Hu et al. used a public-key cryptography standard—IEEE 1363—in combination with a complex, probabilistic trust model to demonstrate highly trustworthy data collection from IMD’s (Hu, 2010). Public-key cryptography is a scheme in which data is scrambled, or encrypted, such that it is undecipherable in its raw form. To convert the data back to the original, discernable form, two “keys” are required—one public key and one private key. A key can be thought of as an operation which is applied to the encrypted data which uniquely produces the original, unencrypted information. The private key is mathematically related to the public key, but the mathematical relationship will typically not have a closed-form solution, so an adversary obtaining the private key from the public key is neither trivial nor likely—in fact, it is said to be computationally infeasible. <pFurthermore, in this study, a trust model was developed to quantify the level of trust for any user trying to access information through the wireless network (ibid). Instead of using a conventional binary trust quantifier, where the number 1 represents a trusted user and 0 represents an untrustworthy user, Hu et al. used a complex probabilistic framework based on numerous variables to map the level of trust to any decimal on the continuous interval form 0 to 1 (ibid). Based on the encryption scheme and the novel trust model, a protection system was implemented in hardware and shown to be highly effective against a variety of staged attacks ranging from naïve to advanced in nature (ibid). Hu et al. thus demonstrate how encryption algorithms and probabilistic models can be mapped to functionalized electronic systems to secure medical devices. This is just one example of a multitude of research efforts within the electrical engineering discipline that are intended to mitigate the vulnerabilities of wireless medical devices.
In summary, developments across many electrical engineering disciplines have given rise to a new generation of medical devices, ranging from diagnostic to therapeutic, that are wirelessly operable. Wireless functionality reduces patient discomfort, reduces costs for both patients and health care providers, and in many cases improves the efficacy of treatment relative to medical instrumentation from previous generations. At the heart of wearable and implantable medical devices are advances in wireless communications, specifically the ability of wireless radios to achieve sufficient data throughput with ultra-low power consumption on highly miniaturized electronic chips. A typical mobile medical device will consist of a miniaturized system worn by or embedded inside the patient, a nearby intermediate base station in range of the device’s wireless radio (which can exist in the from of a computer or smartphone), and a protected data server where information from the base station can be relayed for remote access by a caregiver or physician. The channels through which the information travels to ultimately reach the remotely located care provider open up many security vulnerabilities. Malicious hackers who can penetrate the data server could obtain and / or alter information from the device, compromising the patient’s confidentiality, privacy, and the integrity of treatment. Additionally, hackers within communication range of the device can alter its operation, posing serious risks for patient safety. In some scenarios, it has been shown that the information and the equipment needed to stage a malicious attack are readily accessible to the general public. In an effort to minimize these vulnerabilities, researchers have implemented novel protection schemes, intended specifically for wireless medical systems, and demonstrated their efficacy. Mobile medical devices are advantageous for numerous reasons, and even though they pose a set of risks that were not present with previous generations of medical equipment, the ongoing effort of researchers to secure these devices will not allow their vulnerabilities to prevent them from one day saturating the medical marketplace.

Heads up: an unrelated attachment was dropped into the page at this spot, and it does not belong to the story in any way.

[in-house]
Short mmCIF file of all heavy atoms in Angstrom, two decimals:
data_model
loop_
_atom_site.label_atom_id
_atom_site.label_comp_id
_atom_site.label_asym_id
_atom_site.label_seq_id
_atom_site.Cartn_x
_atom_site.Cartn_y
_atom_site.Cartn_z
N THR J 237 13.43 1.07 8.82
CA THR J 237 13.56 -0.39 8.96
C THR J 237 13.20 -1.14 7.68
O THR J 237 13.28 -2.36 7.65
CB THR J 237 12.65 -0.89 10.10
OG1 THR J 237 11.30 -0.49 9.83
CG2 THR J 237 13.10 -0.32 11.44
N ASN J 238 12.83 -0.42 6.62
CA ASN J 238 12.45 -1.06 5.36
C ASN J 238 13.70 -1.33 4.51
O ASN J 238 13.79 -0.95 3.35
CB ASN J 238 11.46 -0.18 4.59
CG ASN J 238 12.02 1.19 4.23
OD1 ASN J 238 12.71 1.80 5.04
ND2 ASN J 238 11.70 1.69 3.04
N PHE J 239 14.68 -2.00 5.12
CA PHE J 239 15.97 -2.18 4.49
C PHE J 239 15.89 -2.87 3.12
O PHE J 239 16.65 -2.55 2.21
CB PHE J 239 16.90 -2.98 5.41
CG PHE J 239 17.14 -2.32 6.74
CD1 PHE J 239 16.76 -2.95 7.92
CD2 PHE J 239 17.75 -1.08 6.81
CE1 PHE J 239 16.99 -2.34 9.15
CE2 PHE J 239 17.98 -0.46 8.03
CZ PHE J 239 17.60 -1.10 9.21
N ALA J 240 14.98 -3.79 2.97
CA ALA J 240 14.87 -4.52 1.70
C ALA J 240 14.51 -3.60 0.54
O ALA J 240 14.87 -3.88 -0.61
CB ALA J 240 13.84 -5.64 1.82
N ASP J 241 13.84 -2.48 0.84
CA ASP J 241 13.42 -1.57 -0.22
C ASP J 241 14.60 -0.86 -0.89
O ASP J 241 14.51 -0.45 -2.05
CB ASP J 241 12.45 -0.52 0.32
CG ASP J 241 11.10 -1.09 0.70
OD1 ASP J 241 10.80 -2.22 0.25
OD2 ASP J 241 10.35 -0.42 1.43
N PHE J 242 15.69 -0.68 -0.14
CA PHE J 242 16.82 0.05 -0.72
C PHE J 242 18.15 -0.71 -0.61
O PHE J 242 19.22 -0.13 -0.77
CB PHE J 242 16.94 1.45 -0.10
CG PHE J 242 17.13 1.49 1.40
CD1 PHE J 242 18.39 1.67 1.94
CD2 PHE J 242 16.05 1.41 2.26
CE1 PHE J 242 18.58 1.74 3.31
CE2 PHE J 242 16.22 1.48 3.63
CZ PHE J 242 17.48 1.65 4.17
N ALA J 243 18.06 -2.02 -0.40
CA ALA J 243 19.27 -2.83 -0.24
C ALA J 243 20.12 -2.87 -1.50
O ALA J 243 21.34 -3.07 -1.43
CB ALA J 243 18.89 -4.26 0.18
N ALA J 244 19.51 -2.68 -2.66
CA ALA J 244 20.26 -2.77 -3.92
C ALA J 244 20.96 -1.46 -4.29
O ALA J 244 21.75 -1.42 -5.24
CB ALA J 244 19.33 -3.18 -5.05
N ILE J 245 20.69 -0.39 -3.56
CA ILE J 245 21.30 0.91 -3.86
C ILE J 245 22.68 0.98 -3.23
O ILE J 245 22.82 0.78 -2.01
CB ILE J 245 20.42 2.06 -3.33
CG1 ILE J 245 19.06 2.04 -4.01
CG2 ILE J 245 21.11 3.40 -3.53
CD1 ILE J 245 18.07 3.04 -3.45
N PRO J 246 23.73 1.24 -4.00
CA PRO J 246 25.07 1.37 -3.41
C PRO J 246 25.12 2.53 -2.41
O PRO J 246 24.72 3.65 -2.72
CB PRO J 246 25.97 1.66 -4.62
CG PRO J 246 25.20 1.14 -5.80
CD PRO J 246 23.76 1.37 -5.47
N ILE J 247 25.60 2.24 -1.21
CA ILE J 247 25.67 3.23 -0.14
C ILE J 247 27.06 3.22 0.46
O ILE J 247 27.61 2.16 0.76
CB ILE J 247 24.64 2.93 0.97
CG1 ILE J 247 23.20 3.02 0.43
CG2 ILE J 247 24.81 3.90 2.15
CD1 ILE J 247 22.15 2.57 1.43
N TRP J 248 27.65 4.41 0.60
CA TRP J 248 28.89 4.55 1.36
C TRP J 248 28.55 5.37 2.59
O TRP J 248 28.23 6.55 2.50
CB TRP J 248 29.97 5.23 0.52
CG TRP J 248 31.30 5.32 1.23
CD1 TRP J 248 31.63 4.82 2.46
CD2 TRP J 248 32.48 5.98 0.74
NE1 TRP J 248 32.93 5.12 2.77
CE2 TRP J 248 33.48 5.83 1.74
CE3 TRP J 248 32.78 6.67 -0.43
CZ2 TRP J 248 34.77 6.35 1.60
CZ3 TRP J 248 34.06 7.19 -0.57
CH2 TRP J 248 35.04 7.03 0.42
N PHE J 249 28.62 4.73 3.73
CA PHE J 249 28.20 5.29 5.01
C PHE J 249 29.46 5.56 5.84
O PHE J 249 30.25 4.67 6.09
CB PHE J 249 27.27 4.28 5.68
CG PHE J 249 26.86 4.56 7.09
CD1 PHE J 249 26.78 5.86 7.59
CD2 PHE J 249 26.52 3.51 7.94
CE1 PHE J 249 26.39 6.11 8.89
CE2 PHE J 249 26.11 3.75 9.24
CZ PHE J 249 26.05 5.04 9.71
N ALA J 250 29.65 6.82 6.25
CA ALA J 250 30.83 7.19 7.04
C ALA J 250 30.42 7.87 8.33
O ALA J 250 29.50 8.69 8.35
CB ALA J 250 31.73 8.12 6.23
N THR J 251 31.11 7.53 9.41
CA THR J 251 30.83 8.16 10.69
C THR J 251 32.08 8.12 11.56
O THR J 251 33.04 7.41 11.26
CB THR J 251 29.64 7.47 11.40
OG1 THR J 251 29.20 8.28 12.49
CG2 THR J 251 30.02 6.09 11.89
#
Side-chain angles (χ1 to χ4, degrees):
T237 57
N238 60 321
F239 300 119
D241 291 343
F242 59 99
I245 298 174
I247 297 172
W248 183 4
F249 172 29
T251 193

- Decuir, J. Bluetooth 4.0: Low Energy. http://chapters.comsoc.org/vancouver/BTLER3.pdf. (2010).
- Hu, F. et al. Trustworthy Data Collection from Implantable Medical Devices via High-Speed Security Implementation Based on IEEE 1363. IEEE Transactions on Information Technology in Biomedicine. DOI: 10.1109/TITB.2010.2049204
- Mostafalu, P. et al. Wireless Flexible Smart Bandage for Continuous Monitoring of Wound Oxygenation. IEEE Biomedical Circuits and Systems Conference. DOI: 10.1109/BioCAS.2014.6981761
- Radcliffe, J. Hacking Medical Devices for Fun and Insulin: Breaking the Human SCADA System. Retrieved from https://media.blackhat.com/bh-us-11/Radcliffe/BH US 11 Radcliffe Hacking Medical Devices WP.pdf. (2011, August).
- Rushanan, M. et al. Sok: Security and Privacy in Implantable Medical Devices and Body Area Networks. IEEE Symposium on Security and Privacy. DOI: 10.1109/SP.2014.40
- Denning, T. et al. Patients, Pacemakers, and Implantable Defibrillators: Human Values and Security for Wireless Implantable Medical Devices. Conference on Human Factors in Computing Systems – Proceedings. 2, 917-926. DOI: 10.1145/1753326.1753462
- Gollakota, S. et al. They Can Hear Your Heartbeats: Non-Invasive Security for Implantable Medical Devices. Computer Communication Review. 41(4), 2-13. DOI: 10.1145/2043164.2018438
- Halperin, D. et al. Security and Privacy for Implantable Medical Devices. IEEE Pervasive Computing. 7(1), 30-39. DOI: 10.1109/MPRV.2008.16
See also (Links to other SHP articles)
- Carp, Andrew. Wearable Technology in Industry and Consumer Culture
- Chen, Cody. Flexible Circuits and Why They Matter
- Levinson, Katie. Medical Equipment – Surgical Navigation
- Wiegard, David. Big Data in Medical / Bioinformatics
- Articles > 3. Technologies > Wireless Mobile Medical Devices